It will look back in time

University scientists on-board with new space mission'' 'University of Portsmouth cosmologists are celebrating as a major new space mission to investigate 'dark matter' and 'dark energy' has been given the green light.' ''Euclid' will see the launch of a satellite carrying a massive optical digital camera, one of the largest such cameras put into space and able to take pictures of the sky more than 100 times larger than Hubble. Each frame is the equivalent of nearly 300 HDTV screens and one will arrive every 15 minutes resulting in imaging half the sky in around six years.
University scientists on-board with new space mission'' 'University of Portsmouth cosmologists are celebrating as a major new space mission to investigate 'dark matter' and 'dark energy' has been given the green light.' ''Euclid' will see the launch of a satellite carrying a massive optical digital camera, one of the largest such cameras put into space and able to take pictures of the sky more than 100 times larger than Hubble. Each frame is the equivalent of nearly 300 HDTV screens and one will arrive every 15 minutes resulting in imaging half the sky in around six years.
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UNIVERSITY of Portsmouth cosmologists are celebrating approval of a major new space mission that could shed light on the mysteries of dark matter and dark energy.

The Euclid satellite will launch one of the largest optical digital cameras into space by 2020 to take pictures more than 100 times larger than the Hubble space telescope.

Each frame is the equivalent clarity of about 300 high-definition TV screens and the camera could capture half the sky in six years.

It is hoped this data could help analyse the nature of dark matter – which exerts a massive gravitational pull – and the dark energy believed to be behind the universe’s accelerated expansion.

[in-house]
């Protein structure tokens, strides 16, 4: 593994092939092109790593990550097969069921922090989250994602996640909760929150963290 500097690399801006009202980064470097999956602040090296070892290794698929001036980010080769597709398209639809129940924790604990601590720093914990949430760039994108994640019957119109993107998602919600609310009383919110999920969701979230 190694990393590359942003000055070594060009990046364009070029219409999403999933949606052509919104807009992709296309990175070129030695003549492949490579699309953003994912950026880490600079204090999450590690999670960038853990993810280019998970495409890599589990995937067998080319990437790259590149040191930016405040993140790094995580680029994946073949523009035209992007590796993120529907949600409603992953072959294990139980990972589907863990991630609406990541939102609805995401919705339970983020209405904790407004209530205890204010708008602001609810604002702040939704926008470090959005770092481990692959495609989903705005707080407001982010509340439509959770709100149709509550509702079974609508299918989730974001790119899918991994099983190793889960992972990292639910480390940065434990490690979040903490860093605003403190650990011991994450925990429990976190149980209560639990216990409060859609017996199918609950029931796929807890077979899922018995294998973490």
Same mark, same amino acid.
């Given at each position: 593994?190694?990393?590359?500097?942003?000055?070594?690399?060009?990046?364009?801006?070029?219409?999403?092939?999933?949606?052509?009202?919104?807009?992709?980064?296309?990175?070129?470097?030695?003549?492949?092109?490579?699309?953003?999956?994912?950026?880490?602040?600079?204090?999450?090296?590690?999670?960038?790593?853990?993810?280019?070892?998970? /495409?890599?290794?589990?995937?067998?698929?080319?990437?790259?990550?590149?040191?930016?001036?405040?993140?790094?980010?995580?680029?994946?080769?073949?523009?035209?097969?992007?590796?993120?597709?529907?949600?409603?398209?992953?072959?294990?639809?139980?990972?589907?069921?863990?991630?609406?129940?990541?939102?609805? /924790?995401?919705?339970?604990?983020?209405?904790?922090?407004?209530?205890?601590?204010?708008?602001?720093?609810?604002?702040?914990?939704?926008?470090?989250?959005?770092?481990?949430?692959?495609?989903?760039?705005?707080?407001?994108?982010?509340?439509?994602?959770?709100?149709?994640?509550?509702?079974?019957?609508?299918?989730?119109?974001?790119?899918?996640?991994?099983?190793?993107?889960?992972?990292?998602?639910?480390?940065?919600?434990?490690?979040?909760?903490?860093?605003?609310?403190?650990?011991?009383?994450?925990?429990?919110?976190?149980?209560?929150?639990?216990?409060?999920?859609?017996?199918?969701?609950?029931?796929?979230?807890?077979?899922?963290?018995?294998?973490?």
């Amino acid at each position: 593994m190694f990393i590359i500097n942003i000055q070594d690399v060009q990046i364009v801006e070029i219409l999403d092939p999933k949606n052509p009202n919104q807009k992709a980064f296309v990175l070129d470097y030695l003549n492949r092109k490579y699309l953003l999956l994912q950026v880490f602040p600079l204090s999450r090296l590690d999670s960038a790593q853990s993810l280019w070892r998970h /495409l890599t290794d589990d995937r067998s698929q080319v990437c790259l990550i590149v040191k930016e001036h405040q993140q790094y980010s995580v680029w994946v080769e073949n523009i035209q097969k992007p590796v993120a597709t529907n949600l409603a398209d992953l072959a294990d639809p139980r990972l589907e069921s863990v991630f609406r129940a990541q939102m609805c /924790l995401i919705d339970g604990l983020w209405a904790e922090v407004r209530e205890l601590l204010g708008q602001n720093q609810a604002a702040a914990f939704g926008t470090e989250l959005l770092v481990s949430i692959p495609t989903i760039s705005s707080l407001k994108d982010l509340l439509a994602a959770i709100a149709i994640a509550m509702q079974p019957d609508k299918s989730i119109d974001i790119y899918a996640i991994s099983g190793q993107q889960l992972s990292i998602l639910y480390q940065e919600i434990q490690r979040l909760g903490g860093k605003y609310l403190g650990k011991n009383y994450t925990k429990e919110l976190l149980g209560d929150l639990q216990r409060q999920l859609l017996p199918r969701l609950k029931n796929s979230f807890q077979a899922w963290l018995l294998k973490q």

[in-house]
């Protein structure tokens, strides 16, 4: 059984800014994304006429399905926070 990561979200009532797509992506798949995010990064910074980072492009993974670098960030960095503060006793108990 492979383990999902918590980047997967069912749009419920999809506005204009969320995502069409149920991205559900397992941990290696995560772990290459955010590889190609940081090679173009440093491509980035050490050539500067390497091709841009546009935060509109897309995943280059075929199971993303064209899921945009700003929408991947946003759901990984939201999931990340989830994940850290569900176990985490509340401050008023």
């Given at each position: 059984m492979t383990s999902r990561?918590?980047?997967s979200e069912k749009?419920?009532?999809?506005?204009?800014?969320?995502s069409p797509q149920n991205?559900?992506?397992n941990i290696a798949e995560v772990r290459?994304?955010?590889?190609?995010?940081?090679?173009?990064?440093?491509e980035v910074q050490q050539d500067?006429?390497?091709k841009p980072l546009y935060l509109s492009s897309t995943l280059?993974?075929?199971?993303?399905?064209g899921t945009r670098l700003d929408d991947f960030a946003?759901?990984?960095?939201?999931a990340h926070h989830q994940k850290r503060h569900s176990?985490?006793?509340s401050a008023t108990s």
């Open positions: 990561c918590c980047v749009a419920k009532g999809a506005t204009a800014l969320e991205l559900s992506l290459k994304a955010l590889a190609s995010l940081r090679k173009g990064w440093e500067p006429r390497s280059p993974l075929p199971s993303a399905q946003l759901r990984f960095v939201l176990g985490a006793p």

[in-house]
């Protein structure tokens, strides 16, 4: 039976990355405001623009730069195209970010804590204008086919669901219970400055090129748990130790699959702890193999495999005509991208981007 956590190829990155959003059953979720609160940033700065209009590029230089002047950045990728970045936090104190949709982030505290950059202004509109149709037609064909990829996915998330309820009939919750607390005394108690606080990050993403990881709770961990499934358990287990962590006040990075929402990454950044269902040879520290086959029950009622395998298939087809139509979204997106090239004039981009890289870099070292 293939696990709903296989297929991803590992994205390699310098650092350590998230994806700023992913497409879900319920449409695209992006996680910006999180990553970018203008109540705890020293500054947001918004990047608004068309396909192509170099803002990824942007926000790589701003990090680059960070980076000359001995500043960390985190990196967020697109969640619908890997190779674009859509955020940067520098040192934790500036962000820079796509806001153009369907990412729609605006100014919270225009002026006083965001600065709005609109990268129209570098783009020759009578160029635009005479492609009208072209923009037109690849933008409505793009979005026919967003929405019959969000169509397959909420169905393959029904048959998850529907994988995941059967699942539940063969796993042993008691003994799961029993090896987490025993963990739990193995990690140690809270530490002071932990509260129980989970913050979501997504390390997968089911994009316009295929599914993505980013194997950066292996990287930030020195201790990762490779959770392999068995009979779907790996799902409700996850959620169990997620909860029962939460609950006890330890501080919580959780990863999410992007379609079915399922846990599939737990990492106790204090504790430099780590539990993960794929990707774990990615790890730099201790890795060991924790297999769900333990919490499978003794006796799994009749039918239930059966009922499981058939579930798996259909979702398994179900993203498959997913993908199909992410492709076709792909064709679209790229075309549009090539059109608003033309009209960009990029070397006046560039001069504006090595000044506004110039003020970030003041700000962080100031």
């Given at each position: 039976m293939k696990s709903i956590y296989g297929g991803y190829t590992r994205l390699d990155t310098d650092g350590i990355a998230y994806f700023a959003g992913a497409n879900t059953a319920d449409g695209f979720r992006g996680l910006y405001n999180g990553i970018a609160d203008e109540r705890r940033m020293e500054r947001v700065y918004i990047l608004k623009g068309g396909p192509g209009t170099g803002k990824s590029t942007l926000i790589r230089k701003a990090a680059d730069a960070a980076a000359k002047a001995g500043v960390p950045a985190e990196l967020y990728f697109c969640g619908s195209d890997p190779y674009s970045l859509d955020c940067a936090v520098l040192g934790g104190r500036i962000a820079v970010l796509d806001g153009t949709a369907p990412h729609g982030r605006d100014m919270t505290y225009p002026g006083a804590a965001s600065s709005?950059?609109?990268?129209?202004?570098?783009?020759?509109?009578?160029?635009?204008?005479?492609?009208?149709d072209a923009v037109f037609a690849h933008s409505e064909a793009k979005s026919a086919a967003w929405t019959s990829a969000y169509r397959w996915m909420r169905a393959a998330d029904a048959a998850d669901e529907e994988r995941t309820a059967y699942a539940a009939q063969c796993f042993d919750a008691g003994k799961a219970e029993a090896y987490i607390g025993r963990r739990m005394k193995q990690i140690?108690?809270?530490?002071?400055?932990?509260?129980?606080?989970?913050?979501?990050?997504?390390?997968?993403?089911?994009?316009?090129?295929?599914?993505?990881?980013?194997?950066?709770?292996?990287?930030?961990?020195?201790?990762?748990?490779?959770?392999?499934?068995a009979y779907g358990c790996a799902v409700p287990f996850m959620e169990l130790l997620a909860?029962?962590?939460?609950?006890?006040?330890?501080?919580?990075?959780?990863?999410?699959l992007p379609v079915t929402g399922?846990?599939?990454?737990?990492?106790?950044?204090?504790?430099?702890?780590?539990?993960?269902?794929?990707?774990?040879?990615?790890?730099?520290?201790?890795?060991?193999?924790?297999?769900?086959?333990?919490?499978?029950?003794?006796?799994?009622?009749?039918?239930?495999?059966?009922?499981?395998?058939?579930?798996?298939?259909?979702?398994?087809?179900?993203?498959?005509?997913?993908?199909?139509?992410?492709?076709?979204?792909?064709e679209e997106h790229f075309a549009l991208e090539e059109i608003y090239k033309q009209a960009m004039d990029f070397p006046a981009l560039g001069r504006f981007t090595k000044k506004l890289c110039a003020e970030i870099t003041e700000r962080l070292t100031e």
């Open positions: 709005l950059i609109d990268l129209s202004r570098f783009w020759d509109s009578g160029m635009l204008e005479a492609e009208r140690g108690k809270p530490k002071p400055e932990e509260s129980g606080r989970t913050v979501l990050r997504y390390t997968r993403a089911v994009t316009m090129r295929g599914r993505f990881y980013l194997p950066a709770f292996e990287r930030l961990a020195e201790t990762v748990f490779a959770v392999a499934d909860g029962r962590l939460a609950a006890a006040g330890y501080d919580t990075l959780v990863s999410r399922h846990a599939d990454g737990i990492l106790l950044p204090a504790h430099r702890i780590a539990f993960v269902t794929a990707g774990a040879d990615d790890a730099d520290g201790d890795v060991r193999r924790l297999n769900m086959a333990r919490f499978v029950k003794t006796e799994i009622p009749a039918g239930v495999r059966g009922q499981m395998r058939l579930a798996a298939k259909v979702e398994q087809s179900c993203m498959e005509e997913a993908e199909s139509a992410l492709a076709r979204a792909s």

Prof Bob Nicol, one of three members of the university’s institute of cosmology and gravitation involved in the project, explained: ‘Euclid will effectively look back in time approximately 10 billion years, covering the period over which dark energy seems to have accelerated the expansion of the universe.

‘It will also capture the light from distant galaxies to reveal the underlying “dark” architecture of the cosmos.’

The project – worth tens of millions of Euros – is one of just two European Space Agency missions that were given the green light. News of its successful bid fell on the same day scientists won the Nobel Prize for dark energy.

Prof Nicol said: ‘The Nobel Prize in the morning and the announcement about Euclid later that day was like having all my birthdays at once!

‘We know dark matter is out there but we have no idea what it actually is. There are more theories about this than there are scientists in the world!

‘Will Euclid answer the dark energy problem? I hope so. But one key thing it will allow us to do is see how things are growing in the universe.’

Prof Nicol said current estimations of the rate of acceleration of the universe’s expansion and when it began are to the nearest 10 per cent, but that Euclid would be able to narrow it down to one.